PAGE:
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Resolution 2021 (2014) Final version

Towards optimum breast cancer services across Europe

Author(s): Parliamentary Assembly

Origin - Assembly debate on 3 October 2014 (36th Sitting) (see Doc. 13572, report of the Committee on Social Affairs, Health and Sustainable Development, rapporteur: Ms Stella Kyriakides). Text adopted by the Assembly on 3 October 2014 (36th Sitting).

1. Breast cancer is still the most common cancer among European women and has the highest mortality rate of any cancer among women, despite significant scientific advances in detection and treatment in the last 20 to 25 years.
2. Progress in fighting breast cancer – and the stigma still attached to the condition in some countries – has neither been linear nor universal across Europe, for many reasons. Access to quality screening programmes and modern treatment is not yet understood as a right throughout Europe, resulting in many women being subjected to unnecessary mutilating surgery and/or aggressive treatment.
3. Providing breast cancer services and care of guaranteed quality leads in the medium and long term to improved survival rates, to savings for the health-care system and to a better quality of life for patients. Placing the fight against breast cancer at the top of member countries' health agendas is thus not only in the interest of the individual patient.
4. The Parliamentary Assembly therefore recommends that Council of Europe member States:
4.1. place the fight against breast cancer at the top of their health agendas;
4.2. ensure that women have access to quality-controlled breast cancer screening programmes organised on a national level and set up in accordance with European guidelines, as well as to accurate, evidence-based information on the potential benefits and risks of participating in them, so that they can make an informed decision on their participation;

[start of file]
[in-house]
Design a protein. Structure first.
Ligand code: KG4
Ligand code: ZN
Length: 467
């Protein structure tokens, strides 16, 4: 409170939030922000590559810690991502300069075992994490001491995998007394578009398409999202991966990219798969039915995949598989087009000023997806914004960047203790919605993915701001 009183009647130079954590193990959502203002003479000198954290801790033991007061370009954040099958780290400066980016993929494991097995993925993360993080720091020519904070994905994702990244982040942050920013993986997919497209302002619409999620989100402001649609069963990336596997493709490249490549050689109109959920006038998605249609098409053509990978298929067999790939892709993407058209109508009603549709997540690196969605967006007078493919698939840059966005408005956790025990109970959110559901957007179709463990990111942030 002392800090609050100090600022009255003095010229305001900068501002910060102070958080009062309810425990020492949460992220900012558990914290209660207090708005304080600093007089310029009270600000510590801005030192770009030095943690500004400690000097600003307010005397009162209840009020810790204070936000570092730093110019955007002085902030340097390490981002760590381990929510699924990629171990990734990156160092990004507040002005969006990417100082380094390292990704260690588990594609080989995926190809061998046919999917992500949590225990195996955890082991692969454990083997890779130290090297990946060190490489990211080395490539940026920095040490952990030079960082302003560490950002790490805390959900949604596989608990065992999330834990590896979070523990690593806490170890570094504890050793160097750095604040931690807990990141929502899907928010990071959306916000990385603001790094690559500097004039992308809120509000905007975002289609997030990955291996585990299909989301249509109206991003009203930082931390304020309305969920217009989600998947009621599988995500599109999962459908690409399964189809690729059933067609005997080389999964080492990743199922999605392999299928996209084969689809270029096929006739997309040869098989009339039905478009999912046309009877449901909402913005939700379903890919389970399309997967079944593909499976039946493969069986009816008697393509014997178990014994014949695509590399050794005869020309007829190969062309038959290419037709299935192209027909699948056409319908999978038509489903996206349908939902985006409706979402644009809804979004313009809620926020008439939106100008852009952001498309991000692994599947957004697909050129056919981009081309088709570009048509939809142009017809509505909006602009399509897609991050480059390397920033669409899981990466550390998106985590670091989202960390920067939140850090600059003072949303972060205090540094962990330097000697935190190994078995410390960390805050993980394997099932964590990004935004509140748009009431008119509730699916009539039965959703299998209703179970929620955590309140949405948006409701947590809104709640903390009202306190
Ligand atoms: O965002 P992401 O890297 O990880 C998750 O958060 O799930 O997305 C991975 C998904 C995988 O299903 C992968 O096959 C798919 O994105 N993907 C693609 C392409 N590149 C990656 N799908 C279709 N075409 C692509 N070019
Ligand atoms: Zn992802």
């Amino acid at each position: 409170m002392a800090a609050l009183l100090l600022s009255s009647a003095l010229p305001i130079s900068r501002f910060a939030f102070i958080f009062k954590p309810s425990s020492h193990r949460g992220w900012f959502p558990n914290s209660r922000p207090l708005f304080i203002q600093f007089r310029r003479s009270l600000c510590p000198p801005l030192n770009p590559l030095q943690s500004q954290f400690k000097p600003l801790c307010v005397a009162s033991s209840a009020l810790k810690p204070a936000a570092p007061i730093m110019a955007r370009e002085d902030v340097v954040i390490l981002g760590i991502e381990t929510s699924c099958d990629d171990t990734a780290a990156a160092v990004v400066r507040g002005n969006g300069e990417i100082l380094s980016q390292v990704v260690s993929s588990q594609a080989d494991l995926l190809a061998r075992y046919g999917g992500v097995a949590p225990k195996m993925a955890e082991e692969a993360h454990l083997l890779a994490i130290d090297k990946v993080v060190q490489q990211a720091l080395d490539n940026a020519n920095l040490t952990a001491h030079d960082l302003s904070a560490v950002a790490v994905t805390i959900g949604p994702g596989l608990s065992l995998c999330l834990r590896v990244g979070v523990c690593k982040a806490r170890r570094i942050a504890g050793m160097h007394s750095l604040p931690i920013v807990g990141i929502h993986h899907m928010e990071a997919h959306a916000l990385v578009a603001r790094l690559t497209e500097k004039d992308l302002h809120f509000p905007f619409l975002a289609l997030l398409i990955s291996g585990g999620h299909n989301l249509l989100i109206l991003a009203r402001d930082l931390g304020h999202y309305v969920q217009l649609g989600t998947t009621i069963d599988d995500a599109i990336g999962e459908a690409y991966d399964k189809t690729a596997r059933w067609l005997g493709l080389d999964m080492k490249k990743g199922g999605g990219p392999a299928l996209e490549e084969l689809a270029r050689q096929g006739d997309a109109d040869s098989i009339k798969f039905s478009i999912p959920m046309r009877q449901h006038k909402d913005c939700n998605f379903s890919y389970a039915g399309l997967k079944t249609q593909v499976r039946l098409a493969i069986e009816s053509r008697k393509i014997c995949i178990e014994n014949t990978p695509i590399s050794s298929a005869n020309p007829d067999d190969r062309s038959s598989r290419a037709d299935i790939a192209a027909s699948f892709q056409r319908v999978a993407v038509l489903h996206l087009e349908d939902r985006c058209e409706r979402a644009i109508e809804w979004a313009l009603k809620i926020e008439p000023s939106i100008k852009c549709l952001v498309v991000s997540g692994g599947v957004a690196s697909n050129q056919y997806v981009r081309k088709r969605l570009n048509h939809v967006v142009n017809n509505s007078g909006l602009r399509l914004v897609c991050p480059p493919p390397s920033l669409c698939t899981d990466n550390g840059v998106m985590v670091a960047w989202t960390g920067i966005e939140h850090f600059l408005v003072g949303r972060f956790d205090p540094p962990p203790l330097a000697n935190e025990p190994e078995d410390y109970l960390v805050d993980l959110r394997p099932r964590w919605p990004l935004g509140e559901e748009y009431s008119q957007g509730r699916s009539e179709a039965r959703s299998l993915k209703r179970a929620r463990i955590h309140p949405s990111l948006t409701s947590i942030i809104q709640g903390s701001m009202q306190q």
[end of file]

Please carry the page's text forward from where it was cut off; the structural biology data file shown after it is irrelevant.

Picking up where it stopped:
4.3. ensure that all breast cancer patients have effective access, wherever their place of residence, to quality-assured diagnosis and treatment in multidisciplinary breast units, which work in co-operation with the national screening programmes set up in accordance with European guidelines and which encourage shared decision making between patients and medical teams;
4.4. establish and maintain national cancer registries providing reliable data on the situation in the member States and task the registries with, inter alia, informing and raising awareness among the media and the general public of the proper interpretation of this data;
4.5. outlaw any discrimination against breast cancer patients on the basis of their disease status, in particular with regard to employment and insurance;
4.6. encourage researchers in all Council of Europe member and observer States to work together to further the understanding of the disease and to improve screening, diagnosis and treatment techniques in order to reduce mortality rates, improve the quality of life of individual patients, reduce overdiagnosis and overtreatment and, ultimately, find a cure for breast cancer.